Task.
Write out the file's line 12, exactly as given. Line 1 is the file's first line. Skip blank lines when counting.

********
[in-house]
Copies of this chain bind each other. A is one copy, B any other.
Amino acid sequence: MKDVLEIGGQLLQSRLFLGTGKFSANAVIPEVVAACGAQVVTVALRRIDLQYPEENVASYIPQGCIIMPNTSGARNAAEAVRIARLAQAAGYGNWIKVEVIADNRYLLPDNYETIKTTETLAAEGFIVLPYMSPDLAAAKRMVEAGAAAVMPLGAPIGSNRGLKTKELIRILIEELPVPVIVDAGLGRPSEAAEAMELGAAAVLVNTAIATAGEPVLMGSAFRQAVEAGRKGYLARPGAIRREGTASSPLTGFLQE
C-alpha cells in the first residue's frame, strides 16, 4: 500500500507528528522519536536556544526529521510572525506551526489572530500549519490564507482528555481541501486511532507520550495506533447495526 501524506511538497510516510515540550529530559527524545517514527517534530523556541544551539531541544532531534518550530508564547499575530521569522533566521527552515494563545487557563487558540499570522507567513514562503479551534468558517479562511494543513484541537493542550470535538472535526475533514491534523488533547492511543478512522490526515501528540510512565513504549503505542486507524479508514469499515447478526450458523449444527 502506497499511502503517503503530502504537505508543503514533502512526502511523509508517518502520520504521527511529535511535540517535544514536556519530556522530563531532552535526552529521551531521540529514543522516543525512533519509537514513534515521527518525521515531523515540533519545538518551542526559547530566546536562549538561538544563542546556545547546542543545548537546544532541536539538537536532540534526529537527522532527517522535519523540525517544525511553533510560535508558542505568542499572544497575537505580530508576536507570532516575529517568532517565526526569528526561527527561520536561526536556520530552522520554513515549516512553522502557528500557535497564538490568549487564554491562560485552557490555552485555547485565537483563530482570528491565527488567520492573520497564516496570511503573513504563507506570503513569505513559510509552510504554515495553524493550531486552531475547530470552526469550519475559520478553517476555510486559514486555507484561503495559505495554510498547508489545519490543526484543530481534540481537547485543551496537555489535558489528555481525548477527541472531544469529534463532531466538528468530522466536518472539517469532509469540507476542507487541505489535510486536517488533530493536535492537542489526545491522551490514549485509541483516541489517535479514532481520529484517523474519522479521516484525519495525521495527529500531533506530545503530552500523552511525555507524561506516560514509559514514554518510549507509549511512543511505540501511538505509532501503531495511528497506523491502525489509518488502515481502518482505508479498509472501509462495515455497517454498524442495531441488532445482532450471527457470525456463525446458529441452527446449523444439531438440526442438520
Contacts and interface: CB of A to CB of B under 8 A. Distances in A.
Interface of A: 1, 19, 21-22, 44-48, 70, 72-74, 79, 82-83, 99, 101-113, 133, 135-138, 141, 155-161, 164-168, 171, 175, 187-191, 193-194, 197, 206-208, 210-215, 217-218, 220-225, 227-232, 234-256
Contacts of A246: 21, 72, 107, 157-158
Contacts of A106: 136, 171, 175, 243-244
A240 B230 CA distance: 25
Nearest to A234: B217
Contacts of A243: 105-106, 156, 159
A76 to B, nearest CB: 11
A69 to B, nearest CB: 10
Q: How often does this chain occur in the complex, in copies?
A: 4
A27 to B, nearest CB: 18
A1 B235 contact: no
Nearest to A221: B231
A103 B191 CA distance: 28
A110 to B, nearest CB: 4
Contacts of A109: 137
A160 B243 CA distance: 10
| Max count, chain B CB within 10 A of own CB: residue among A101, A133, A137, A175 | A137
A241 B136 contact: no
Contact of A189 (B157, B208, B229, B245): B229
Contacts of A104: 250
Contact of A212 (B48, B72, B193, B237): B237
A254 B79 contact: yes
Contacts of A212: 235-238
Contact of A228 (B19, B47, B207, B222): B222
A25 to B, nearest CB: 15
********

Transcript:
A76 to B, nearest CB: 11